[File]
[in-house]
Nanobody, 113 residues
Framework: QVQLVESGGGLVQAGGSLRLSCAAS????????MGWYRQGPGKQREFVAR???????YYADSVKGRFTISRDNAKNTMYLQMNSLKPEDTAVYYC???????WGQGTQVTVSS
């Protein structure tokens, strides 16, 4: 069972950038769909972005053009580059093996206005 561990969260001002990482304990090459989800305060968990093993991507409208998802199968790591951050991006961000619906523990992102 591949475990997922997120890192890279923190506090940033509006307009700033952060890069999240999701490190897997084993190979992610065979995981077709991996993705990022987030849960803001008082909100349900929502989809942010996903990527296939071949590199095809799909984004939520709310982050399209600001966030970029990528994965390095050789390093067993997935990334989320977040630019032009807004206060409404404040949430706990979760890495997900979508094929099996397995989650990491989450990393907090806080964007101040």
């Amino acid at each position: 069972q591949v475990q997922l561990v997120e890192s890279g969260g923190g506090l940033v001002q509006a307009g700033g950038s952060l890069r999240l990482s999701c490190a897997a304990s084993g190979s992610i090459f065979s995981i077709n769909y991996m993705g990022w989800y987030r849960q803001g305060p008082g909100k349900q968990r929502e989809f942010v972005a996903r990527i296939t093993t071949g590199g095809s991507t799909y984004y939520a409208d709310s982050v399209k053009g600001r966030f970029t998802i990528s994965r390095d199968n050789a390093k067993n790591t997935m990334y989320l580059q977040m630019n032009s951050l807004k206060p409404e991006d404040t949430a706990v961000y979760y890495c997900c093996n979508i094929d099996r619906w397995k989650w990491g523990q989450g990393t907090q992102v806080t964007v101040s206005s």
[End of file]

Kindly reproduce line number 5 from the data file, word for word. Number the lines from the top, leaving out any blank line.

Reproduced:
């Amino acid at each position: 069972q591949v475990q997922l561990v997120e890192s890279g969260g923190g506090l940033v001002q509006a307009g700033g950038s952060l890069r999240l990482s999701c490190a897997a304990s084993g190979s992610i090459f065979s995981i077709n769909y991996m993705g990022w989800y987030r849960q803001g305060p008082g909100k349900q968990r929502e989809f942010v972005a996903r990527i296939t093993t071949g590199g095809s991507t799909y984004y939520a409208d709310s982050v399209k053009g600001r966030f970029t998802i990528s994965r390095d199968n050789a390093k067993n790591t997935m990334y989320l580059q977040m630019n032009s951050l807004k206060p409404e991006d404040t949430a706990v961000y979760y890495c997900c093996n979508i094929d099996r619906w397995k989650w990491g523990q989450g990393t907090q992102v806080t964007v101040s206005s």